The Role of Lean in Business Execution
Organizations need to learn how to link policy deployment with project execution methodologies like Six Sigma, and operational improvement processes like Lean, with measurement frameworks, like the Balanced Scorecard to create an integrated cycle of Business Execution, writes Paul Docherty, CEO and founder of i-nexus. Here's how the parts fit together.
Often when I meet clients or present at seminars, I am asked to define Lean. I’m very happy to give my own spin on a text-book definition but if given the opportunity to do so I prefer to define what Lean does for an organization as part of an overall business improvement system. In this context, Lean helps an organization to achieve improvement in three ways, by reducing waste, by reducing variation and by reducing complexity.
I would say Lean’s main focus is on the reduction of waste, and obviously the improvement of flow. Although Lean does impact on variation and complexity, on the whole I would say that Six Sigma, Design for Six Sigma and other redesign methodologies more predominantly address the issues of complexity and variation. So, I look at Lean as part of an overall approach which helps to address the three major constraints on organizations. This is a view of Lean formed in reaction to multiple experiences but its foundation lies in my first encounter with lean before I recognised it by that name.
How Perception of Lean Has Changed
My perception of Lean methodology evolved significantly during my time working at a company called Marconi in the 1990s where I implemented Manufacturing Resource Planning (MRP2). Reduction of time and the implementation of Kanban were part of our overall production management approach. This gave me an initially narrow view but I soon started to learn about the concepts of the wider Toyota Production System and consequently I became responsible for implementing something similar at Marconi. This growing impression of the bigger picture of enterprise Lean taught me about the interdependency between concepts for daily management, like Deming’s PDCA cycle, and longer range ideas for objective realization and policy deployment, like Hoshin Planning.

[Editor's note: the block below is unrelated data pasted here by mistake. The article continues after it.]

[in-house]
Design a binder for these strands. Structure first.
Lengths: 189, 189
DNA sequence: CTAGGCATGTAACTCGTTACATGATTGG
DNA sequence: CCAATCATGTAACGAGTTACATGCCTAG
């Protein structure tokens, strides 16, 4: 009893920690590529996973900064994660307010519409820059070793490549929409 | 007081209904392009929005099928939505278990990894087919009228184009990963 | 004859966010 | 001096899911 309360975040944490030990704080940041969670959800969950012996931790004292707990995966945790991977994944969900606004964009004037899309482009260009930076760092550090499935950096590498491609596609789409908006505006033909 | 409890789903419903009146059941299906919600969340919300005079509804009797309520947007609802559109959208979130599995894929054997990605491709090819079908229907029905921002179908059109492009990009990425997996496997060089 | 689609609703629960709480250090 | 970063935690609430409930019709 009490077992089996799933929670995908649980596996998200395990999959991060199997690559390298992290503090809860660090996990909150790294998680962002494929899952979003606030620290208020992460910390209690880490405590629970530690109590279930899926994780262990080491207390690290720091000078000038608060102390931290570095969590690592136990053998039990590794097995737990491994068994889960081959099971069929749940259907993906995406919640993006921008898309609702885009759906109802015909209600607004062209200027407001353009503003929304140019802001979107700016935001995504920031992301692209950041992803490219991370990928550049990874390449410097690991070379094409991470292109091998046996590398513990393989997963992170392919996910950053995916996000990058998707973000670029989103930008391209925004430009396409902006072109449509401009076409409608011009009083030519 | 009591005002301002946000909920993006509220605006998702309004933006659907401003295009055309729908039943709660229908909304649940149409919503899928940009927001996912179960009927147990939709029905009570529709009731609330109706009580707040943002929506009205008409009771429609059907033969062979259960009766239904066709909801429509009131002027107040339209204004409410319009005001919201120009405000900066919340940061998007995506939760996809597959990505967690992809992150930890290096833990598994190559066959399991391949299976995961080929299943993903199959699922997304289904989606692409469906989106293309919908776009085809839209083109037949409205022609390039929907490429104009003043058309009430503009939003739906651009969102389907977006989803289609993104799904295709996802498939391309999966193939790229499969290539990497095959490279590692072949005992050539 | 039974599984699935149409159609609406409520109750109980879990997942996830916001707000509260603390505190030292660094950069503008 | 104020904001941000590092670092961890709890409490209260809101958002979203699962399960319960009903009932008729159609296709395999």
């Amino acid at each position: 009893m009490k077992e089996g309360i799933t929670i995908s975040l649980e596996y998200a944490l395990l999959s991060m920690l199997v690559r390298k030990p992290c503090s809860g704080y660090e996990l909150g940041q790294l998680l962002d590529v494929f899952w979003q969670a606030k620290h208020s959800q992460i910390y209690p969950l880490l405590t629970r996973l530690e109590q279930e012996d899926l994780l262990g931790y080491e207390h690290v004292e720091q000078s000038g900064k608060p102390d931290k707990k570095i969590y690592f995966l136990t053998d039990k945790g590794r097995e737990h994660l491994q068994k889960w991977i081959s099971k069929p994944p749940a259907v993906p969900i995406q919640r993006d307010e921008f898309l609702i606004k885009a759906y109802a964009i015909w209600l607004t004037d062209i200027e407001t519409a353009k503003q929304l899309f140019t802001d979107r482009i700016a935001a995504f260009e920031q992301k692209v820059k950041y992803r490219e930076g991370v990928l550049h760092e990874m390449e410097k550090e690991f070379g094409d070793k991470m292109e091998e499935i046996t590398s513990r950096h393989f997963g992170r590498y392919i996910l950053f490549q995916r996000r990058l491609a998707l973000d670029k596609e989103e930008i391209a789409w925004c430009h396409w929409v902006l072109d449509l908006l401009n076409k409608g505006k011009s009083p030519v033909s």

At Marconi, I subsequently went on to become Head of Operational Excellence and it was in this role that I really firmed up my view of how all of these methodologies and tools fit together. The project I drove was very Six Sigma focused and large in scale – in the order of hundreds of belts. I wish I knew then what I know now – that no one methodology in isolation will be effective. It took me a year before I realised that our Six Sigma approach needed to be combined with Lean, and that then further methodologies needed to be built-in to create complete alignment.
Role of Lean in Business Execution
My experience at Marconi and the deep knowledge gained during my time as Head of Operational Excellence has really helped to shape the direction for i-nexus and created an infrastructure that supports organizations in achieving their goals. When I first start to discuss challenges and requirements with new clients, this is where I see a big missing link in their organization. The most effective organizational infrastructure needs to recognise the importance of cascading goals through Hoshin Planning, of driving projects at different levels, of interpreting progress and of forecasting success. And as well as being recognised, these elements of execution need to link together.
I have worked with more than 100 global companies over the past ten years and this has enabled my view to evolve further. I now firmly believe that organizations need to know how to link policy deployment with project execution methodologies like Six Sigma, and operational improvement processes like Lean, with measurement frameworks, like the Balanced Scorecard to create an integrated cycle of Business Execution.
To make an analogy, I believe that i-nexus Business Execution software is doing for strategy and objective realization what MRP2 did for the automation of the production cycle. Ten years ago, no one would have considered using ERP to close the loop in the production cycle – now they could not imagine doing without it. I will be bold and say the same thing will be true for Business Execution.
Today people are managing the deployment of strategy and goals through spreadsheets and individual strategic planning and appraisal cascade documents, as well as using all sorts of different methods to capture KPIs. There is a lot of heavy lifting involved in trying to understand all the information and everything is completely fragmented which means people have no way of knowing whether work throughout the organization is actually driving and delivering against the set objectives. Business Execution helps to close up the planning and execution cycle, turning Lean and Six Sigma into critical tools in the execution process.
This article is based on an interview with Paul Docherty in the July/August 2011 edition of Lean Management Journal. www.leanmj.com